Sales vs. Consulting: Breaking Down The Myths

Business Strategy and Management

In business, especially small business, there is usually a bit of a battle being waged between sales and consulting.

Are you a sales person? Or are you a consultant? My guess is that you are doing a bit of both, depending on the hat you are wearing.

Let’s face it; both of these labels have both positive and negative implications. Sales is often associated with certain behaviors that can be seen as less than savory. And people often suggest that people who can’t do anything else consult.

So let’s break down the myths.

Sales is something we all do. It is an activity that everyone engages in, whether consciously or subconsciously. We sell ourselves to potential landlords, bosses, coworkers… and to romantic prospects too! We want to accentuate our positive points and make ourselves memorable in the eyes of others.

When applied to business, sales focuses on three main points. The 3 P’s of sales are:

  1. Products
  2. Pricing
  3. Performance

These three things are the main issues prospects and clients are interested in when making a purchasing decision. They want to know what products you have and how they will benefit them; they want to know how much the product will cost them; and they want to know how reliable the product is and if it will serve them well for a long time to come.

These factors are key elements that differentiates sales from consulting.

Consulting also has 3 P’s. They are:

  1. Philosophy
  2. Planning
  3. Process.

And these 3 P’s of consulting are no less important to a prospect or client than the 3 P’s of sales.

A consultant’s role is to assist their client in understanding the philosophy behind their goals. What is it that drives them? What is at the core of what they wish to achieve? Once this has been determined, it is time to create the strategy to help attain these goals. And, finally, what is the process that will be undertaken to deliver the strategy that will achieve their objectives?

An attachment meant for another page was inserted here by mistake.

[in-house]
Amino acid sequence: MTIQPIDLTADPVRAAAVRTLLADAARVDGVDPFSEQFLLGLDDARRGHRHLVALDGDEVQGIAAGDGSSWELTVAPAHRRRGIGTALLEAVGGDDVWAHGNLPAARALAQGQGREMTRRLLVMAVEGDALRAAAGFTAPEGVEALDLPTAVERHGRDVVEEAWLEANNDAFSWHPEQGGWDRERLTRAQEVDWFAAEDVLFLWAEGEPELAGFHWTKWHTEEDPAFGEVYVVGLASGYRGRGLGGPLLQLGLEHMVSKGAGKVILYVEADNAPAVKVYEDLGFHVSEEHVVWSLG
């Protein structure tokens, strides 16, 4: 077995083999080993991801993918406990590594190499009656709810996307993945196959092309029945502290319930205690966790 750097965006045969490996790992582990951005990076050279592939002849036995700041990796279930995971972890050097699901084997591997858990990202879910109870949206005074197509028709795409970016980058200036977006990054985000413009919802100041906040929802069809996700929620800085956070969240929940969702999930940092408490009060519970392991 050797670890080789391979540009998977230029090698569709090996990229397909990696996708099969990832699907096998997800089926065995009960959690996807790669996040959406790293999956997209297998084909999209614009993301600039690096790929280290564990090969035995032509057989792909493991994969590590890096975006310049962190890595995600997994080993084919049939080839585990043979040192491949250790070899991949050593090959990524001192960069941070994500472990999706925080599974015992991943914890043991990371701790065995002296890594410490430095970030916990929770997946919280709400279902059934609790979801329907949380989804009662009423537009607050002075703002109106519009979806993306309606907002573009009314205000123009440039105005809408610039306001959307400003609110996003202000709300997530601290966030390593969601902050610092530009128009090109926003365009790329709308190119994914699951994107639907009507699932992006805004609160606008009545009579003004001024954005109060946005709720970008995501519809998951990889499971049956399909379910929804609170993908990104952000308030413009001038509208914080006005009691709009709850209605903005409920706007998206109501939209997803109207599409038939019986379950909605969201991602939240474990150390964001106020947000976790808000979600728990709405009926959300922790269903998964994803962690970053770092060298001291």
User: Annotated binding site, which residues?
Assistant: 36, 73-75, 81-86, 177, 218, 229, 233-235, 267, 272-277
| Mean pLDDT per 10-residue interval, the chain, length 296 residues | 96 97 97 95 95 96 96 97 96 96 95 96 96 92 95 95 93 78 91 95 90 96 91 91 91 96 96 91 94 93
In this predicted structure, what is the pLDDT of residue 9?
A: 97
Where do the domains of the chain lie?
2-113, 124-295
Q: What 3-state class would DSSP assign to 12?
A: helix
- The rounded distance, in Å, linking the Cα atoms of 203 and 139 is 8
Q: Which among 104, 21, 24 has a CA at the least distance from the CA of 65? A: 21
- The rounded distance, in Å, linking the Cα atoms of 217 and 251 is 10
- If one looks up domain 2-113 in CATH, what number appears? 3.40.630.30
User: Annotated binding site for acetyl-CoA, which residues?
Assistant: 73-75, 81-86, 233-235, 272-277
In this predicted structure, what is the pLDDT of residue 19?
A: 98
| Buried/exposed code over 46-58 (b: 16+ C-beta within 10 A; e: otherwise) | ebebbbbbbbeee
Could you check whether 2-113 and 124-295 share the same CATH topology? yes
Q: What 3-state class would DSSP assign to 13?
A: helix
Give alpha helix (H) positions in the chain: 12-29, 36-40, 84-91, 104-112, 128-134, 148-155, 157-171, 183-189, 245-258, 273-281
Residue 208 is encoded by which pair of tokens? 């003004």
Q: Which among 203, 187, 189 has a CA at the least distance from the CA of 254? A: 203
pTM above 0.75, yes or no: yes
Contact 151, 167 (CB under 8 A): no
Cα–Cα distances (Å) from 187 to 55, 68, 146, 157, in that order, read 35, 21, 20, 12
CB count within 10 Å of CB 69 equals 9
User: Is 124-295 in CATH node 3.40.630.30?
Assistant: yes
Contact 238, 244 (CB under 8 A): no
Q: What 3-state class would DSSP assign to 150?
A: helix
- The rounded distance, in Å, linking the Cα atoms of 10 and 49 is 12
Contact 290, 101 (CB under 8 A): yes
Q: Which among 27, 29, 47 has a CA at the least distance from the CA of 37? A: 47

As you can see, although these two business functions are not interchangeable, they are related. For a sales program to be effective, the consulting phase must have been considered. Understanding the primary goal of your business, what drives and inspires you to do what you do, is the first step that should always be examined. Next, you must develop a strategy that will define how you will achieve your goals. And, finally, you will need to follow a process, a predictable and methodical approach, which will get you where you want to go.

Once the consultation steps have been completed, it is time to implement the sales strategy. Sales is about delivering the process. By now, you will understand what your product is, how to price it to deliver value to your client and profit to yourself, and how well it will perform compared to competing products or services.

Some people are born salespeople. They can sell the proverbial “icebox to Eskimos”. They are people of action, and take immense pride in their abilities and get great satisfaction from their achievements.

Others are better at planning and development. They see the development of strategies and processes as a challenge and love examining the various elements of creating the campaign.

There is no right or wrong, or better or worse, to either of these roles. But it is important to examine both and see which is more applicable to yourself. If you are a better consultant than salesperson, consider hiring someone to assist you in the sales capacity. And if you are a better salesperson than consultant, consider outsourcing your consulting needs to ensure that you are able to achieve your goals.

Until next time…

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